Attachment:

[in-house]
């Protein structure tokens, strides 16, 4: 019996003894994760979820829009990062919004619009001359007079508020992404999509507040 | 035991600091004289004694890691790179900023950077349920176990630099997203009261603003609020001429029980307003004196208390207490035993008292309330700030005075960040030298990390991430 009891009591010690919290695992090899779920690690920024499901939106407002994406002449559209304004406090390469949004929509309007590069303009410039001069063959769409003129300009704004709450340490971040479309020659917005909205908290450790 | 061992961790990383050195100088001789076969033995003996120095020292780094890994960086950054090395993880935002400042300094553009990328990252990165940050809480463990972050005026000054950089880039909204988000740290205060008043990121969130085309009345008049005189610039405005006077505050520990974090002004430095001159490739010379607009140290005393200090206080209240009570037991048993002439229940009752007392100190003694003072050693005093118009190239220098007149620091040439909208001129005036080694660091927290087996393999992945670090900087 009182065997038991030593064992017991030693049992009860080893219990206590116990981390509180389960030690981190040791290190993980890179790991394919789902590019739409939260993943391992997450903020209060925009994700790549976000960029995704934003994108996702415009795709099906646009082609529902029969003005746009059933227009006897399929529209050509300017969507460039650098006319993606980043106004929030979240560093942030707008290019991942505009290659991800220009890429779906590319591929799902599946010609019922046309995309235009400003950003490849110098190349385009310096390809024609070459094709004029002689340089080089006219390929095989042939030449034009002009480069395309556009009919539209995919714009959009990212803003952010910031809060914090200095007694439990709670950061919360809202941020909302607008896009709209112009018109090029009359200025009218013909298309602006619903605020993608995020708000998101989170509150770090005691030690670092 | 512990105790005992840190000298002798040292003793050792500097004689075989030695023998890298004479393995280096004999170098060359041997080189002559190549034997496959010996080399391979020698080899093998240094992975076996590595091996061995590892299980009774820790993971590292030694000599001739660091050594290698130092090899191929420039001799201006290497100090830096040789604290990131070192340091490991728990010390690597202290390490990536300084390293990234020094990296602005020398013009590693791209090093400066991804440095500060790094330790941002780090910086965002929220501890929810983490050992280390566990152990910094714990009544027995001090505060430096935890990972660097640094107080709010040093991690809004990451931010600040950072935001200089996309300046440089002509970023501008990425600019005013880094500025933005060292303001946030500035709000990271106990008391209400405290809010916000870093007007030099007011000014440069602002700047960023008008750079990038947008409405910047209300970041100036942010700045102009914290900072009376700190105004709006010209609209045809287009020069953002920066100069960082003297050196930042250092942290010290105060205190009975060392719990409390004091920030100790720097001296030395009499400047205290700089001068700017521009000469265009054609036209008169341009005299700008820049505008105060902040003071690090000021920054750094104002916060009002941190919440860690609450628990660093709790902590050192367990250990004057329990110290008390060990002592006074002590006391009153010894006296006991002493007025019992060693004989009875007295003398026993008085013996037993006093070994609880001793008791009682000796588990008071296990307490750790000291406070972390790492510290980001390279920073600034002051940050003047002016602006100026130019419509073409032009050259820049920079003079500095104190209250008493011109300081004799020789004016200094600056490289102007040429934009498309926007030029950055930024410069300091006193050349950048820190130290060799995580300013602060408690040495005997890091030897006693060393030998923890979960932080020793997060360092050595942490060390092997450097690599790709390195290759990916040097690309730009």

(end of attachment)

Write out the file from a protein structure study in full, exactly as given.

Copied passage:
[in-house]
């Protein structure tokens, strides 16, 4: 019996003894994760979820829009990062919004619009001359007079508020992404999509507040 | 035991600091004289004694890691790179900023950077349920176990630099997203009261603003609020001429029980307003004196208390207490035993008292309330700030005075960040030298990390991430 009891009591010690919290695992090899779920690690920024499901939106407002994406002449559209304004406090390469949004929509309007590069303009410039001069063959769409003129300009704004709450340490971040479309020659917005909205908290450790 | 061992961790990383050195100088001789076969033995003996120095020292780094890994960086950054090395993880935002400042300094553009990328990252990165940050809480463990972050005026000054950089880039909204988000740290205060008043990121969130085309009345008049005189610039405005006077505050520990974090002004430095001159490739010379607009140290005393200090206080209240009570037991048993002439229940009752007392100190003694003072050693005093118009190239220098007149620091040439909208001129005036080694660091927290087996393999992945670090900087 009182065997038991030593064992017991030693049992009860080893219990206590116990981390509180389960030690981190040791290190993980890179790991394919789902590019739409939260993943391992997450903020209060925009994700790549976000960029995704934003994108996702415009795709099906646009082609529902029969003005746009059933227009006897399929529209050509300017969507460039650098006319993606980043106004929030979240560093942030707008290019991942505009290659991800220009890429779906590319591929799902599946010609019922046309995309235009400003950003490849110098190349385009310096390809024609070459094709004029002689340089080089006219390929095989042939030449034009002009480069395309556009009919539209995919714009959009990212803003952010910031809060914090200095007694439990709670950061919360809202941020909302607008896009709209112009018109090029009359200025009218013909298309602006619903605020993608995020708000998101989170509150770090005691030690670092 | 512990105790005992840190000298002798040292003793050792500097004689075989030695023998890298004479393995280096004999170098060359041997080189002559190549034997496959010996080399391979020698080899093998240094992975076996590595091996061995590892299980009774820790993971590292030694000599001739660091050594290698130092090899191929420039001799201006290497100090830096040789604290990131070192340091490991728990010390690597202290390490990536300084390293990234020094990296602005020398013009590693791209090093400066991804440095500060790094330790941002780090910086965002929220501890929810983490050992280390566990152990910094714990009544027995001090505060430096935890990972660097640094107080709010040093991690809004990451931010600040950072935001200089996309300046440089002509970023501008990425600019005013880094500025933005060292303001946030500035709000990271106990008391209400405290809010916000870093007007030099007011000014440069602002700047960023008008750079990038947008409405910047209300970041100036942010700045102009914290900072009376700190105004709006010209609209045809287009020069953002920066100069960082003297050196930042250092942290010290105060205190009975060392719990409390004091920030100790720097001296030395009499400047205290700089001068700017521009000469265009054609036209008169341009005299700008820049505008105060902040003071690090000021920054750094104002916060009002941190919440860690609450628990660093709790902590050192367990250990004057329990110290008390060990002592006074002590006391009153010894006296006991002493007025019992060693004989009875007295003398026993008085013996037993006093070994609880001793008791009682000796588990008071296990307490750790000291406070972390790492510290980001390279920073600034002051940050003047002016602006100026130019419509073409032009050259820049920079003079500095104190209250008493011109300081004799020789004016200094600056490289102007040429934009498309926007030029950055930024410069300091006193050349950048820190130290060799995580300013602060408690040495005997890091030897006693060393030998923890979960932080020793997060360092050595942490060390092997450097690599790709390195290759990916040097690309730009």